Copyright | (C) 2015 Ryan Scott |
---|---|

License | BSD-style (see the file LICENSE) |

Maintainer | Ryan Scott |

Portability | Template Haskell |

Safe Haskell | None |

Language | Haskell2010 |

Exports functions to mechanically derive `Foldable`

instances in a way that mimics
how the `-XDeriveFoldable`

extension works since GHC 7.12. These changes make it
possible to derive `Foldable`

instances for data types with existential constraints,
e.g.,

{-# LANGUAGE DeriveFoldable, GADTs, StandaloneDeriving, TemplateHaskell #-} data WrappedSet a where WrapSet :: Ord a => a -> WrappedSet a deriving instance Foldable WrappedSet -- On GHC 7.12 on later $(deriveFoldable ''WrappedSet) -- On GHC 7.10 and earlier

For more info on these changes, see this GHC wiki page.

`deriveFoldable`

`deriveFoldable`

automatically generates a `Foldable`

instances for a given data
type, newtype, or data family instance that has at least one type variable. Examples:

{-# LANGUAGE TemplateHaskell #-} import Data.Foldable.Deriving data Pair a = Pair a a $(`deriveFoldable`

''Pair) -- instance Foldable Pair where ... data Product f g a = Product (f a) (g a) $(`deriveFoldable`

''Product) -- instance (Foldable f, Foldable g) => Foldable (Pair f g) where ...

If you are using `template-haskell-2.7.0.0`

or later (i.e., GHC 7.4 or later),
then `deriveFoldable`

can be used with data family instances (which requires the
`-XTypeFamilies`

extension). To do so, pass the name of a data or newtype instance
constructor (NOT a data family name!) to `deriveFoldable`

. Note that the
generated code may require the `-XFlexibleInstances`

extension. Example:

```
{-# LANGUAGE FlexibleInstances, TemplateHaskell, TypeFamilies #-}
import Data.Foldable.Deriving
class AssocClass a b where
data AssocData a b
instance AssocClass Int b where
data AssocData Int b = AssocDataInt1 Int | AssocDataInt2 b
$(
````deriveFoldable`

'AssocDataInt1) -- instance Foldable (AssocData Int) where ...
-- Alternatively, one could use $(deriveFoldable 'AssocDataInt2)

Note that there are some limitations:

- The
`Name`

argument must not be a type synonym. - The last type variable must be of kind
`*`

. Other type variables of kind`* -> *`

are assumed to require a`Foldable`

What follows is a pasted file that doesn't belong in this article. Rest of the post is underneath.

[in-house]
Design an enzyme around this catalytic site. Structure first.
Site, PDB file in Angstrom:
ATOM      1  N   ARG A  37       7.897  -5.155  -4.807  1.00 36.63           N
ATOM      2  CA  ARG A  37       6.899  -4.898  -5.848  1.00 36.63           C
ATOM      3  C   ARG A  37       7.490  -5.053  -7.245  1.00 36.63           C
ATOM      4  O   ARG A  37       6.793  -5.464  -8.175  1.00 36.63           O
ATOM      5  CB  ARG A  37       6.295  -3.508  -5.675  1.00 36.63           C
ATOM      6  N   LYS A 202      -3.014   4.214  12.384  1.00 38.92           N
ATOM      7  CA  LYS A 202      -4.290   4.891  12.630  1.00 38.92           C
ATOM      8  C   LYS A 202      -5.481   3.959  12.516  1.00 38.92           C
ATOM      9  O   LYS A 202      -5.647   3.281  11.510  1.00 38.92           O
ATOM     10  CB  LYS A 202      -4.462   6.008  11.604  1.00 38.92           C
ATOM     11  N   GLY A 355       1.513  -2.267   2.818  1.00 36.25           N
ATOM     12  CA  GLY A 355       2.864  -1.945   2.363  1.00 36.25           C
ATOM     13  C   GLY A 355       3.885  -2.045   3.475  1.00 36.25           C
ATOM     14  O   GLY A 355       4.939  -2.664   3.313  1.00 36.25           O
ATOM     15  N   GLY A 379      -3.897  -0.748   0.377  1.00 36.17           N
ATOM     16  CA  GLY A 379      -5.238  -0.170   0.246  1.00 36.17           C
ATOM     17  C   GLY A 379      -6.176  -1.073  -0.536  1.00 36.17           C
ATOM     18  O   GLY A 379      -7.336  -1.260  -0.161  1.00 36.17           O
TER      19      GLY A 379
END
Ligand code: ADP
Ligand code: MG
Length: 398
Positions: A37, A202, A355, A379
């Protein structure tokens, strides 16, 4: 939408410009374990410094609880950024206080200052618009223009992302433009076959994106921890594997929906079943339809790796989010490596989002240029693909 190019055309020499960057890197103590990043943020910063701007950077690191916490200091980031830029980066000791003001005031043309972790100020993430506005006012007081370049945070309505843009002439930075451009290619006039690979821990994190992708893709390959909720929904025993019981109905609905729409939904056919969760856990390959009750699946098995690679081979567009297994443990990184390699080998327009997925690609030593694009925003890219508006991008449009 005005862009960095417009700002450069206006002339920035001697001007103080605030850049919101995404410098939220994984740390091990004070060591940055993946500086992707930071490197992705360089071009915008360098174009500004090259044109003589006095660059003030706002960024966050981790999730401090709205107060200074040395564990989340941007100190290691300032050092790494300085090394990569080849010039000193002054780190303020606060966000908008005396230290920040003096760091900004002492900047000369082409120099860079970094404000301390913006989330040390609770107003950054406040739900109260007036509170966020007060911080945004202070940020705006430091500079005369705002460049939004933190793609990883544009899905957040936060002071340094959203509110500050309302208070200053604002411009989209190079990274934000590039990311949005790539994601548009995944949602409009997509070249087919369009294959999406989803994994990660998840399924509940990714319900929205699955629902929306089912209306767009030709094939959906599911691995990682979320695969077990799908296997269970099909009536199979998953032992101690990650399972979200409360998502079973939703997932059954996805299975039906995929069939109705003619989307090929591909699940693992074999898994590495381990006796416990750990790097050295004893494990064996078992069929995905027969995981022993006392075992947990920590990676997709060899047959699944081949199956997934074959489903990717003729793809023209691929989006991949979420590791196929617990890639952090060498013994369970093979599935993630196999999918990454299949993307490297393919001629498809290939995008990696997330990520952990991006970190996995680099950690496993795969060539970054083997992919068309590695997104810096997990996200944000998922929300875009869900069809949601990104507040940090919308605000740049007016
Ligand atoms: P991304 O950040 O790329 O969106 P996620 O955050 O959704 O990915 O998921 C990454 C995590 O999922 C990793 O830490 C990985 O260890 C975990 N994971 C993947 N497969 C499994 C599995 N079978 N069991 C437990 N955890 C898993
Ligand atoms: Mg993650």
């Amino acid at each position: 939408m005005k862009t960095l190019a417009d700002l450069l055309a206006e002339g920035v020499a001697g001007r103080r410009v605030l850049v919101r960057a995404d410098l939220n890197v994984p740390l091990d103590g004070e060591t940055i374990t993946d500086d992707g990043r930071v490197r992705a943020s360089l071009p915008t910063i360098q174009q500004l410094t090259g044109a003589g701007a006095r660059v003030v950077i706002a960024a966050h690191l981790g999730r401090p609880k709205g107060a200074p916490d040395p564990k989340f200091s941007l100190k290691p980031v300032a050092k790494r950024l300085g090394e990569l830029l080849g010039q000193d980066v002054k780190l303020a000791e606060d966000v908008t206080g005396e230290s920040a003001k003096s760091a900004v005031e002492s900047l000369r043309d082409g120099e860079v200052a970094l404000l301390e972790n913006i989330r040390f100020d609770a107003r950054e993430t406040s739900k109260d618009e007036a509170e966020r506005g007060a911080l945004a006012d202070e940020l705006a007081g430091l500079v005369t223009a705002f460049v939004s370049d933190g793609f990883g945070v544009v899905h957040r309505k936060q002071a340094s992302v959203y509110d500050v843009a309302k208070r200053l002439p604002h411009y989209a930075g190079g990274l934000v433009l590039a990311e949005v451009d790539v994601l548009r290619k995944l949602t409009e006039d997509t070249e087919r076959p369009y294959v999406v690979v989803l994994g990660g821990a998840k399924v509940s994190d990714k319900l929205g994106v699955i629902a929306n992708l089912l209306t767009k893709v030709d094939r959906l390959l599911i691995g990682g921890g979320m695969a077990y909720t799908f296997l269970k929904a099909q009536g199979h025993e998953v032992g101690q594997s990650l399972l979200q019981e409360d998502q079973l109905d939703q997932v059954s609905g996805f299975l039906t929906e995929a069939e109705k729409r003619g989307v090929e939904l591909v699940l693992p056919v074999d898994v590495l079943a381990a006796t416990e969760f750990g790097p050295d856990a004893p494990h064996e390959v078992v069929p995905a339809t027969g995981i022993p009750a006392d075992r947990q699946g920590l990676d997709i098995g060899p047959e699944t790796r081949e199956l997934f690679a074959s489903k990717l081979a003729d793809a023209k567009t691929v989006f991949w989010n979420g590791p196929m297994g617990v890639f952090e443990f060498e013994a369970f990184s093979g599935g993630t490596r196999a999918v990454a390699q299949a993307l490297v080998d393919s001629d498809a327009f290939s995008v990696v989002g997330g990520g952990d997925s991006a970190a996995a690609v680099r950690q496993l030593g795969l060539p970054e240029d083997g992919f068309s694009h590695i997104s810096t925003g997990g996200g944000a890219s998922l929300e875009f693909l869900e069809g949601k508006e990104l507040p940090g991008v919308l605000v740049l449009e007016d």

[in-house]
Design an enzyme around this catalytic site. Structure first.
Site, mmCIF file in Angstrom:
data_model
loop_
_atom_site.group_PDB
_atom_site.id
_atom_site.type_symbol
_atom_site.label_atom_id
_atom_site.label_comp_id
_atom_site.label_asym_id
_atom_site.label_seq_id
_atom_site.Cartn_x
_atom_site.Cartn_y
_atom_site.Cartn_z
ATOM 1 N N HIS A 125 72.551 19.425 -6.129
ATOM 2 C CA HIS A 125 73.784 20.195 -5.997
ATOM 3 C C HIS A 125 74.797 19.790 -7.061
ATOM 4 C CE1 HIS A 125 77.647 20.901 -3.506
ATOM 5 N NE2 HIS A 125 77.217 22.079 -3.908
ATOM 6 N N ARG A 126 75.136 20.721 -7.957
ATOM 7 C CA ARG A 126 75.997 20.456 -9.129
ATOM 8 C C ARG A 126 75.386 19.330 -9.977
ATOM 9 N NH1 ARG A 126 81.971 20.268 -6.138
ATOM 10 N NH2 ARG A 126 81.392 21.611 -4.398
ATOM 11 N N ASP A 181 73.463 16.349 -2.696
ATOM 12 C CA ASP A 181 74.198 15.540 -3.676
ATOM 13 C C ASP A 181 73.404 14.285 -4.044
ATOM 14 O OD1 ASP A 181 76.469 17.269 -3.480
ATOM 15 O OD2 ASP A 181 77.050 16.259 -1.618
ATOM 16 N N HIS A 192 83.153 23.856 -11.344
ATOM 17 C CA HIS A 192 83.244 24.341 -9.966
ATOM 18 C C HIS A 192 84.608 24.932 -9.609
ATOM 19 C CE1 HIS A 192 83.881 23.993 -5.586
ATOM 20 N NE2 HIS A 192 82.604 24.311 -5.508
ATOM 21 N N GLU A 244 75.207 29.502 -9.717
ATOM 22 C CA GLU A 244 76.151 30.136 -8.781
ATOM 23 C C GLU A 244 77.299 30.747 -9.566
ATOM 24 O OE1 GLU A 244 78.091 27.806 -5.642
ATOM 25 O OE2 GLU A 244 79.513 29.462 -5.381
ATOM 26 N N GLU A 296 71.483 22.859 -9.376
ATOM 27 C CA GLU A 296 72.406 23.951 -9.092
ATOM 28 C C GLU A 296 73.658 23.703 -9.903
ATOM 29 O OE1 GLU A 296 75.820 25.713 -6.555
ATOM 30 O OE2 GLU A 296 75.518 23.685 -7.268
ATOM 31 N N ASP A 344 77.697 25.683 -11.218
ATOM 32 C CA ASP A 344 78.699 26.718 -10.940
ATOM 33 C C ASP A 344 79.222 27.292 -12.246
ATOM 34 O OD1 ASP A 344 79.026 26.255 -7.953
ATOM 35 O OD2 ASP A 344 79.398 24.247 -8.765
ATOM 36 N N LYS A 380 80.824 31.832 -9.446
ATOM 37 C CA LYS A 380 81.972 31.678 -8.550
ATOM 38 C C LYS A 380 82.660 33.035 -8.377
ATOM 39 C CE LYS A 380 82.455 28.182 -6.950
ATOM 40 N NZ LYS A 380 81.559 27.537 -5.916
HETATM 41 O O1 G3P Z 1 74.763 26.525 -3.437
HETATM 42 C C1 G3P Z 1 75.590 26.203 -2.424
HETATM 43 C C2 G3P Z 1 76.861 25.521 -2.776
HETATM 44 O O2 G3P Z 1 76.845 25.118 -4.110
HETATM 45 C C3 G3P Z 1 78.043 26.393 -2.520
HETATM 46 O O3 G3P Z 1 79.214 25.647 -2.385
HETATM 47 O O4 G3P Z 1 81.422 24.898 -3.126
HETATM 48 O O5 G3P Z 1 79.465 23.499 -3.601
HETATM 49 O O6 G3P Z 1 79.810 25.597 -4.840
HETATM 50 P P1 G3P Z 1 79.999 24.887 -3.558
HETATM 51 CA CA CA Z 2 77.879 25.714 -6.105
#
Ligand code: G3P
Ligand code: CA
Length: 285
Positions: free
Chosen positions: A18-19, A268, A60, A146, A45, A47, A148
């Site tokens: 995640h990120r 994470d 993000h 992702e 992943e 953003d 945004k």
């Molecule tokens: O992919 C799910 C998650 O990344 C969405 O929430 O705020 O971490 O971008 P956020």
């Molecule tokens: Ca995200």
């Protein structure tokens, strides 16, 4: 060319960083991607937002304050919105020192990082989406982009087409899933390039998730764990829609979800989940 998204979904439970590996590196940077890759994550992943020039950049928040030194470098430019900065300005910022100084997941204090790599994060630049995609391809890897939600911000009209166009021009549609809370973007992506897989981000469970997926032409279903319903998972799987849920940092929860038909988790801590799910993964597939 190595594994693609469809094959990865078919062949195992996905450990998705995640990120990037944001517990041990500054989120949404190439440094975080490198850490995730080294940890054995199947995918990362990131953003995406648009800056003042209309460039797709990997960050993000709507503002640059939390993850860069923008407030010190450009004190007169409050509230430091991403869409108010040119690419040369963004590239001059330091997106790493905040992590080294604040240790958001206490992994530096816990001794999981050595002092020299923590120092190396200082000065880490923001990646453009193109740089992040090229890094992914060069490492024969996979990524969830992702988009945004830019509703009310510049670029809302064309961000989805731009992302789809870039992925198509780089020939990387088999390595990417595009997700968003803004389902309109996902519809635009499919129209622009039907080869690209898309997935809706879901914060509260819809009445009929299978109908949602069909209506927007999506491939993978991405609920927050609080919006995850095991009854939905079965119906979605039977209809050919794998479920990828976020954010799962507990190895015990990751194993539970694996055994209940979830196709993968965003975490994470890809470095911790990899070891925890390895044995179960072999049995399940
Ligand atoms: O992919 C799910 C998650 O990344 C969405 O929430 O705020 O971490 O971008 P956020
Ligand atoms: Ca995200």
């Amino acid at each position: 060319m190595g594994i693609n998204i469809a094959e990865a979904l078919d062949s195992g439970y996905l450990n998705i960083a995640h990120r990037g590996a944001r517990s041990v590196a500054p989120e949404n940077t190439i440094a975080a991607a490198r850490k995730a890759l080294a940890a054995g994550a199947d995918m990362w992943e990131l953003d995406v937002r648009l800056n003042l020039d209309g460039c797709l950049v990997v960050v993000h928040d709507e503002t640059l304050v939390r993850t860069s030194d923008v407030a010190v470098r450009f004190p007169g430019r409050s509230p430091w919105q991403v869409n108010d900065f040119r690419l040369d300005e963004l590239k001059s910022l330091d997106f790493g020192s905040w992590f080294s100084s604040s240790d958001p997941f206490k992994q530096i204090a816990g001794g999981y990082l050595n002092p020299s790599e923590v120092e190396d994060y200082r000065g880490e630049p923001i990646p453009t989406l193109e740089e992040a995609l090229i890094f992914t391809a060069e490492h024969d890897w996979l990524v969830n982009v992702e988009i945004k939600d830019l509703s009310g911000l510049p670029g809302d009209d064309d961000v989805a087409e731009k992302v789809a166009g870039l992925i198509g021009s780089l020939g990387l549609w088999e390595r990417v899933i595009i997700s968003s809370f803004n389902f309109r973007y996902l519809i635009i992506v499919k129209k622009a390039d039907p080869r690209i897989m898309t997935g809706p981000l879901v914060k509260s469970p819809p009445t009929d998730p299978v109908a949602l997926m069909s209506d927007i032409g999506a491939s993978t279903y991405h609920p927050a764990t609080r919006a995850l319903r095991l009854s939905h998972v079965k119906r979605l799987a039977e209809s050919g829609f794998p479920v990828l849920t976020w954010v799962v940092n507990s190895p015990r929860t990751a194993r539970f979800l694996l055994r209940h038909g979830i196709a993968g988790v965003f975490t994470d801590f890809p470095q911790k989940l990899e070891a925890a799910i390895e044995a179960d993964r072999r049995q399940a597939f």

constraint. If your data type doesn't meet this assumption, use a`make`

function. - If using the
`-XDatatypeContexts`

extension, a constraint cannot mention the last type variable. For example,`data Illegal a where I :: Ord a => a -> Illegal a`

cannot have a derived`Foldable`

instance. - If the last type variable is used within a constructor argument's type, it must
only be used in the last type argument. For example,
`data Legal a b = Legal (Int, Int, a, b)`

can have a derived`Foldable`

instance, but`data Illegal a b = Illegal (a, b, a, b)`

cannot. - Data family instances must be able to eta-reduce the last type variable. In other words, if you have a instance of the form:

data family Family a1 ... an t data instance Family e1 ... e2 v = ...

Then the following conditions must hold:

`v`

must be a type variable.`v`

must not be mentioned in any of`e1`

, ...,`e2`

.

- In GHC 7.8, a bug exists that can cause problems when a data family declaration and one of its data instances use different type variables, e.g.,

data family Foo a b data instance Foo Int z = Foo Int z $(deriveFoldable 'Foo)

To avoid this issue, it is recommened that you use the same type variables in the same positions in which they appeared in the data family declaration:

data family Foo a b data instance Foo Int b = Foo Int b $(deriveFoldable 'Foo)

deriveFoldable :: Name -> Q [Dec] Source

Generates a `Foldable`

instance declaration for the given data type or data
family instance. This mimics how the `-XDeriveFoldable`

extension works since
GHC 7.12.

`make`

- functions

There may be scenarios in which you want to, say, fold over an arbitrary data type
or data family instance without having to make the type an instance of `Foldable`

. For
these cases, this module provides several functions (all prefixed with `make`

-) that
splice the appropriate lambda expression into your source code.

This is particularly useful for creating instances for sophisticated data types. For
example, `deriveFoldable`

cannot infer the correct type context for
`newtype HigherKinded f a b = HigherKinded (f a b)`

, since `f`

is of kind
`* -> * -> *`

. However, it is still possible to create a `Foldable`

instance for
`HigherKinded`

without too much trouble using `makeFoldr`

:

{-# LANGUAGE FlexibleContexts, TemplateHaskell #-} import Data.Foldable.Deriving newtype HigherKinded f a b = HigherKinded (f a b) instance Foldable (f a) => Foldable (HigherKinded f a) where foldr = $(makeFoldr ''HigherKinded)

makeFoldMap :: Name -> Q Exp Source

Generates a lambda expression which behaves like `foldMap`

(without requiring a
`Foldable`

instance). This mimics how the `-XDeriveFoldable`

extension works since
GHC 7.12.